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A Cardiologist or Sonographer uses a special type of Ultrasound machine and probe to perform an ultrasound of the heart. This is usually done with the probe on the chest, known as a Trans-Thoracic Echocardiogram or TTE. Sometimes it is necessary to get the probe even closer to the heart and this is achieved by a Trans-Oesophageal Echocardiogram or “TOE” - the probe has to be swallowed and heavy sedation or a general anaesthetic is often required to make this tolerable.
An Echocardiogram (Echo) may be requested by your Cardiologist or another doctor, to assess symptoms that may suggest congestive cardiac failure (CCF), such as shortness of breath on exertion (SOBOE), swelling of the legs and ankles (peripheral oedema), shortness of breath when lying flat (orthopnoea) or waking in the middle of the night feeling extremely short of breath (paroxysmal nocturnal dyspnoea or PND). A heart murmur sometimes indicates a narrowed (stenotic) or leaking (regurgitant) heart valve, and the valve involved as well as the severity - often expressed in terms of a pressure gradient - can be determined by an Echocardiogram. Growths on the heart valves (vegetations) are associated with endocarditis, a rare condition caused by infection of the inner lining of the heart (endocardium). The heart is surrounded by a membrane or sac known as the pericardium. Usually the space between the heart and the pericardium contains a very small amount of fluid, but if the pericardium is inflamed (pericarditis), the amount of fluid may increase enough to be detectable on an Echo. An Echo is sometimes ordered when an individual has had a stroke or a Transient Ischaemic Attack (TIA or “mini-stroke”), to exclude the heart as a source of blood clots to the brain.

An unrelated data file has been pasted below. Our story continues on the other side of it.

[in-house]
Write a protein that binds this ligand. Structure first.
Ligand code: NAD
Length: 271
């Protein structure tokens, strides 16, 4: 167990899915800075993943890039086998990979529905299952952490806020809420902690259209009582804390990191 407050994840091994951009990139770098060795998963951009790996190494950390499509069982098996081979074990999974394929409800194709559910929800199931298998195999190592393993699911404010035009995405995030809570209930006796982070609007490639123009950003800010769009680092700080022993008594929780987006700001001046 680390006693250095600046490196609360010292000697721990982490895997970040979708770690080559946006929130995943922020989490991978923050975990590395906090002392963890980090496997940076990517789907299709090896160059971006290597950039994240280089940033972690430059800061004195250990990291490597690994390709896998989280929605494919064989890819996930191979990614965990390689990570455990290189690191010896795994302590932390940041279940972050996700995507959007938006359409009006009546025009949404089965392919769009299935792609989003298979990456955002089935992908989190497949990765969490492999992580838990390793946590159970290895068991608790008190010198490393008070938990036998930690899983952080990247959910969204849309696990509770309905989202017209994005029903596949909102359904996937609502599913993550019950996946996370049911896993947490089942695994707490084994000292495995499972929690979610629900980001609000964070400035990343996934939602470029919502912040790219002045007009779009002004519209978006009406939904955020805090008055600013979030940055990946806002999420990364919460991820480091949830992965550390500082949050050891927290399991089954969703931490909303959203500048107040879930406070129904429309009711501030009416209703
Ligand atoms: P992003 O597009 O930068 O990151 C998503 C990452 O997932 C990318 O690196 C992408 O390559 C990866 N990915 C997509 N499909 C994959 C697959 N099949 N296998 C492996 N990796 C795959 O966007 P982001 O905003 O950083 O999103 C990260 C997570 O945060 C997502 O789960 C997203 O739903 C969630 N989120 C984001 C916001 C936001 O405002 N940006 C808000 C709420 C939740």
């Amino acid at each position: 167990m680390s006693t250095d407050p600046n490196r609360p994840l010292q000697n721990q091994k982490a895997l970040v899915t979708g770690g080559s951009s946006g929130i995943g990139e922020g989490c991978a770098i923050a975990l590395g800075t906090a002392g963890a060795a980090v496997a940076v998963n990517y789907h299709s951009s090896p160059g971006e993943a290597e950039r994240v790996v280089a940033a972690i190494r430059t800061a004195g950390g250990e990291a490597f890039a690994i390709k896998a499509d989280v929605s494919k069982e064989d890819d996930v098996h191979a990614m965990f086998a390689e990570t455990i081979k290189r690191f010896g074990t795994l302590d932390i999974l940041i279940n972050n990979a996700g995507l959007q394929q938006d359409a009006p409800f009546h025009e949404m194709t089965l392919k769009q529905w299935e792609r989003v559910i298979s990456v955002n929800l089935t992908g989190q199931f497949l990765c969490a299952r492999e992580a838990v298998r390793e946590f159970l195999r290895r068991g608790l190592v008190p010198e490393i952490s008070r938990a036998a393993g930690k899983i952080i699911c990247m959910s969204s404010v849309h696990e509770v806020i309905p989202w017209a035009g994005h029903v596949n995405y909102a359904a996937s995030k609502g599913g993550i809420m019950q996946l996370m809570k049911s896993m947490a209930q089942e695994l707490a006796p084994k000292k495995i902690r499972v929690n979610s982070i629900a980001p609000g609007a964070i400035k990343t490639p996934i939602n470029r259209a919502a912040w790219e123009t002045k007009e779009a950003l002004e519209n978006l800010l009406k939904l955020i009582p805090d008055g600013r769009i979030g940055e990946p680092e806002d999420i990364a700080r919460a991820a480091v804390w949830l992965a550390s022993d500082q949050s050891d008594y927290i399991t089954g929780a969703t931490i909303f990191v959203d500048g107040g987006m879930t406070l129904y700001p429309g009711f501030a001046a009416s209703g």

A detailed report is usually typed and sent to your doctor. It may include:
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